• Accommodation is granted in private housing.

  • The asylum seeker can access the labour market after 1 year.

  • Access to medical healthcare and education.

  • Weekly allowance between £42 (ca. 58 €) and £72 (ca. 100 €), depending if one is in a couple or parent.

France:

Number of refugees per 100,000 citizens: 386

Although not the most strained by a refugee influx, France has also not seen much direct refugee crisis relating violence. The country has long-standing experience with large migrant groups arriving in the country since the post-colonial flows from North-Africa. There have been major discussions over rising nationalistic groups in politics, yet the country remains as one offering some of the most inviting conditions to asylum seekers. France was among the leading nations to pledge to admit more Syrian refugees in 2015.

Conditions for asylum applications in France:

  • Dublin Regulation applies.

  • Average duration of application process: 6 months

  • Free legal assistance: Yes

  • 78% of all first instance applications rejections were rejected in 2014.

  • Type of appeal granted: Judicial

  • The three largest refugee applicant group origin countries were Dem. Rep. of Congo (5,470), Russia (4,205) and Bangladesh (3,800) in 2014.

  • Waiting applications as of December 2014: 55,862

Subsidies or humanitarian aid received by refugees in France:

  • Accommodation is granted in reception centres (camps).

  • 336 € monthly allowance, while the application is reviewed, then up to 718 € (for a 6 person family).  

  • The asylum seeker can access the labour market after 1 year.

  • Access to medical healthcare and education.

Italy:

Number of refugees per 100,000 citizens: 254

As a primary target for migrants from North Africa, refugees arrive in Italy via the Apulia and Calabria and Central Mediterranean route. For years the infamously iconic island for this crisis, Lampedusa, has been foreshadowing the larger wave and regulation issues in dealing with refugees in Italy. Recent attacks have left mayors of Italian communities looking for excuses, though these municipalities usually tend to lack resources to attend to the refugees.

Conditions for asylum applications in Italy:

  • Dublin Regulation applies.

  • Average duration of application process: 30 days

  • Free legal assistance: Yes

  • 41% of all first instance applications rejections were rejected in 2014.

  • Type of appeal granted: Judicial

  • The three largest refugee applicant group origin countries were Nigeria (10,135), Mali (9,790) and the Gambia (8,575) in 2014.

  • Applications waiting to be processed as of December 2014: 45,749

Subsidies or humanitarian aid received by refugees in Italy:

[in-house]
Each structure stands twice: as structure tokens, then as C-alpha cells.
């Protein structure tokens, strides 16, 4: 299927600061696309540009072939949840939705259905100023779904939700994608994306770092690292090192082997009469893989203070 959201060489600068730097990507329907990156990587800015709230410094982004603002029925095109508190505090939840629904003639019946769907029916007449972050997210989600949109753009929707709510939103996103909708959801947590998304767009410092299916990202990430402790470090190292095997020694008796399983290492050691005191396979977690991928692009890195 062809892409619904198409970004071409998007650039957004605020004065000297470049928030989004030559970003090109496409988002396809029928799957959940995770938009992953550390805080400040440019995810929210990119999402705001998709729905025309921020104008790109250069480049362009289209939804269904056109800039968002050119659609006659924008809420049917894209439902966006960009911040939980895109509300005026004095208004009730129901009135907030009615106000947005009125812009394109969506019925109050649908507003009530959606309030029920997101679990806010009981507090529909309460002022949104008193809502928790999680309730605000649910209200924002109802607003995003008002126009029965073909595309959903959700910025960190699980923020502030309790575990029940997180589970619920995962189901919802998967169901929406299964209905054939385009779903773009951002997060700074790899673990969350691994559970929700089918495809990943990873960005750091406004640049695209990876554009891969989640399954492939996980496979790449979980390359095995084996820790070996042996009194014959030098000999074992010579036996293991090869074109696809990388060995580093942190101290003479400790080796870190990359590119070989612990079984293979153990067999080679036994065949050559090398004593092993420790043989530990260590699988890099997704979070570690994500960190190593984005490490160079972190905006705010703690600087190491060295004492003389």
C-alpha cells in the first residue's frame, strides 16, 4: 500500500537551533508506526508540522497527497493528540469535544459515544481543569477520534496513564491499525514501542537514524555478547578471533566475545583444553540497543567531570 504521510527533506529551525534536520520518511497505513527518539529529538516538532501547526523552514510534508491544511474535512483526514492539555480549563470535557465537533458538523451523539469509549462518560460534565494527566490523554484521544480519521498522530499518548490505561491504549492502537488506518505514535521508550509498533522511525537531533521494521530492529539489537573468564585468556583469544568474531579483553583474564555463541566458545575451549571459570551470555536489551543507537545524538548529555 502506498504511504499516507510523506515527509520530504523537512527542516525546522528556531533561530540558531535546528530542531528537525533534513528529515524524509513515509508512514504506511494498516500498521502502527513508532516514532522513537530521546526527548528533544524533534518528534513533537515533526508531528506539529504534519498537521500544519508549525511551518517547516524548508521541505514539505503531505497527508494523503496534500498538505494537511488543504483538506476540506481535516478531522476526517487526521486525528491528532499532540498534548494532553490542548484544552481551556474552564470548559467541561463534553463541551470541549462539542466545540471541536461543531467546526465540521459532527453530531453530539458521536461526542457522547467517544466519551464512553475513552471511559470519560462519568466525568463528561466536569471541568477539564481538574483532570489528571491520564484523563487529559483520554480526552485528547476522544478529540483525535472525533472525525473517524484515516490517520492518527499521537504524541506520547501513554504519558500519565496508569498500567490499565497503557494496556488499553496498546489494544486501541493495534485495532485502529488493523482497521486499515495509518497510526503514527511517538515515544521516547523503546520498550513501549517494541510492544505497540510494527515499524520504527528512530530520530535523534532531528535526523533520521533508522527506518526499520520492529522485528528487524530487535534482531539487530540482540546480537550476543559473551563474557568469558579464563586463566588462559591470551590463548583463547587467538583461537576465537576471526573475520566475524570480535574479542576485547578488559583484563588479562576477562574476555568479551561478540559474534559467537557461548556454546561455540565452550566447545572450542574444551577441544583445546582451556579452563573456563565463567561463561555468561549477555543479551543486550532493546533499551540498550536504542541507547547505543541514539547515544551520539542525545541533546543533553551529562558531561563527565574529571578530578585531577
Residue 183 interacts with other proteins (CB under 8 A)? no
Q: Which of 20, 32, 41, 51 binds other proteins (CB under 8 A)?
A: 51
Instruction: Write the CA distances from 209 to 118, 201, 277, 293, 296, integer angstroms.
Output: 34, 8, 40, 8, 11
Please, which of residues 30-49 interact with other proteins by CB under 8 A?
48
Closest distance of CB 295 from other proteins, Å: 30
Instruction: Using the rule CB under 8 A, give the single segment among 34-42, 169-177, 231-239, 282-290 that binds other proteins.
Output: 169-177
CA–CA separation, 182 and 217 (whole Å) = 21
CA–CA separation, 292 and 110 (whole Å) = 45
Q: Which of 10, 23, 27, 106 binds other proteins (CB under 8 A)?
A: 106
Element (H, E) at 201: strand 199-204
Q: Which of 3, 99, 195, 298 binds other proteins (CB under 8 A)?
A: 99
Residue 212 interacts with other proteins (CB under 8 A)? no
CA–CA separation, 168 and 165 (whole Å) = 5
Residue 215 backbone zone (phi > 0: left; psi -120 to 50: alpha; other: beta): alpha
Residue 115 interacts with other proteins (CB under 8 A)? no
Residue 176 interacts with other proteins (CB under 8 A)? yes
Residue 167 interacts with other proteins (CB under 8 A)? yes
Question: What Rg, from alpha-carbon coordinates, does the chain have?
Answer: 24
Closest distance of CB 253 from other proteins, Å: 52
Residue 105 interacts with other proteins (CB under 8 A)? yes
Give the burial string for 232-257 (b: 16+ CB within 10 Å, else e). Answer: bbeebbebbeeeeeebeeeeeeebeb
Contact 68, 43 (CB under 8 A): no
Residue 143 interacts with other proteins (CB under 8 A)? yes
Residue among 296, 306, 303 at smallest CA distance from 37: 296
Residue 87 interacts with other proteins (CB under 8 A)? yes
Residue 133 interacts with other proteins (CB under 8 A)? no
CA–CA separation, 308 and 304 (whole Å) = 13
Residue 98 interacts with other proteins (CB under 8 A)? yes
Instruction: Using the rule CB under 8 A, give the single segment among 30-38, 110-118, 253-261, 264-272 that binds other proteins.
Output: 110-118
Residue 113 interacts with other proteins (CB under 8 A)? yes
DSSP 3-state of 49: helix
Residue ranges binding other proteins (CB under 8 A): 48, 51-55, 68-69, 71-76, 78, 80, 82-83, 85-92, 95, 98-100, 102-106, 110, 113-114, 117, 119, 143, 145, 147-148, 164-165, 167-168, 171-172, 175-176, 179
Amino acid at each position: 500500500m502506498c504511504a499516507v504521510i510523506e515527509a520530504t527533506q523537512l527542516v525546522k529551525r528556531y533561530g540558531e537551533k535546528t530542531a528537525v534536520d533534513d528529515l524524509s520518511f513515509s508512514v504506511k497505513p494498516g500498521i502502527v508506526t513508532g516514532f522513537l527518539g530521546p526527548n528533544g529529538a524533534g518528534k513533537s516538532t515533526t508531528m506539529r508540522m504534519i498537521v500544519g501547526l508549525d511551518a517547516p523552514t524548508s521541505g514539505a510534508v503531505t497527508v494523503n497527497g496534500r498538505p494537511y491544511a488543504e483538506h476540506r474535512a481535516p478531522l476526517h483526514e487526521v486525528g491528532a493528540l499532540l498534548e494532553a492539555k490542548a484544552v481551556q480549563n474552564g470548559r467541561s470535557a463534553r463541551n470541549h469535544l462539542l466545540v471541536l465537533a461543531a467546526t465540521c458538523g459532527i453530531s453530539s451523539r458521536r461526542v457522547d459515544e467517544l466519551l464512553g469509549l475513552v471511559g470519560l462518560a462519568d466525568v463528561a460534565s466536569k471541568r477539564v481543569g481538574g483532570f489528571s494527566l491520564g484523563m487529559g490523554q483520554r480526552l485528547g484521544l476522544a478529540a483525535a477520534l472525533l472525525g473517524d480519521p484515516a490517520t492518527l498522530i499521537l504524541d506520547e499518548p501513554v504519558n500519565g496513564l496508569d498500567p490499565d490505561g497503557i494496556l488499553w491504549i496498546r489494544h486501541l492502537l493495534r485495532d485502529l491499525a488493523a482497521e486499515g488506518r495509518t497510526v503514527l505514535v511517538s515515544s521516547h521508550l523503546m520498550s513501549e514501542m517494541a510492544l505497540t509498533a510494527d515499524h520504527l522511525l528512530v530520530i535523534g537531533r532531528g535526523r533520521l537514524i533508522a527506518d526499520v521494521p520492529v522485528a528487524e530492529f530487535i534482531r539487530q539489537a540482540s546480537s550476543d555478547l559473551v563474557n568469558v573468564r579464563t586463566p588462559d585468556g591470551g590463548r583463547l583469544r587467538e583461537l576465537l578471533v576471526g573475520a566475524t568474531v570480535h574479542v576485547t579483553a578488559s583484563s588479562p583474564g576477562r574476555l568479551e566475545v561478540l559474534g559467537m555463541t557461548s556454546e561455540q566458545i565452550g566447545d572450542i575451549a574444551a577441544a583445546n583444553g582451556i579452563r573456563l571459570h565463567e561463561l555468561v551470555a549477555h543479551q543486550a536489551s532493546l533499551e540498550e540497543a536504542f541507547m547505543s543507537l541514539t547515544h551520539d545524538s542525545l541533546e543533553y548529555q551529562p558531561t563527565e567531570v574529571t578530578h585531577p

• Accommodation is granted in temporary emergency centres (CAS).

  • Allowance of 977,15 € per Person for 35 days, until granted a place in a reception centre or granted refugee status before.

  • The asylum seeker can access the labour market 6 months after the request.

  • Access to healthcare and education.

Netherlands:

Number of refugees per 100,000 citizens: 379

Public outcry over long-term integration problems regarding refugees is currently a leading argument in Dutch politics. Much of the provocation can be put down to populist anti-islamic sentiment, while a large majority of the population indeed fears a lack of assimilation of immigrants into Dutch communities. While the cultural barrier remains an important issue, the economic concern is considered to be negligible for the majority of citizens, according to a Pew Research Center study.

Conditions for asylum applications in the Netherlands?

  • Dublin Regulation applies.

  • Average duration of application process: 8 working days

  • Free legal assistance: Yes

  • 33% of all first instance applications rejections were rejected in 2014.

  • Type of appeal granted: Judicial

  • The three largest refugee applicant group origin countries were Syria (8,790), Eritrea (3,910) and Stateless (2,720) in 2014.

  • Applications waiting to be processed as of December 2014: 6,940

Subsidies or humanitarian aid received by refugees in the Netherlands:

  • Accommodation granted in reception centres (camps).

  • Weekly food, clothing and personal allowances depending on size of family (starting at 220 €, monthly).

  • The asylum seeker can access the labour market 6 months after application lodgement.

  • Limited access to adequate health care.

  • Access to education for children under 18.

Hungary:

Number of refugees per 100,000 citizens: 1310

The Magyar nation has so far experienced the one of the greatest impacts of refugee immigration within the EU. Given the country borders Serbia to the south, which itself is a source of a large amount of asylum seekers, it is also on the route for an expected 120,000 people entering the EU, via the Western Balkans. In hand with recent nationalistic policies, the Hungarian government was publicly criticised by the EU for putting up a 125km-long fence on its southern border.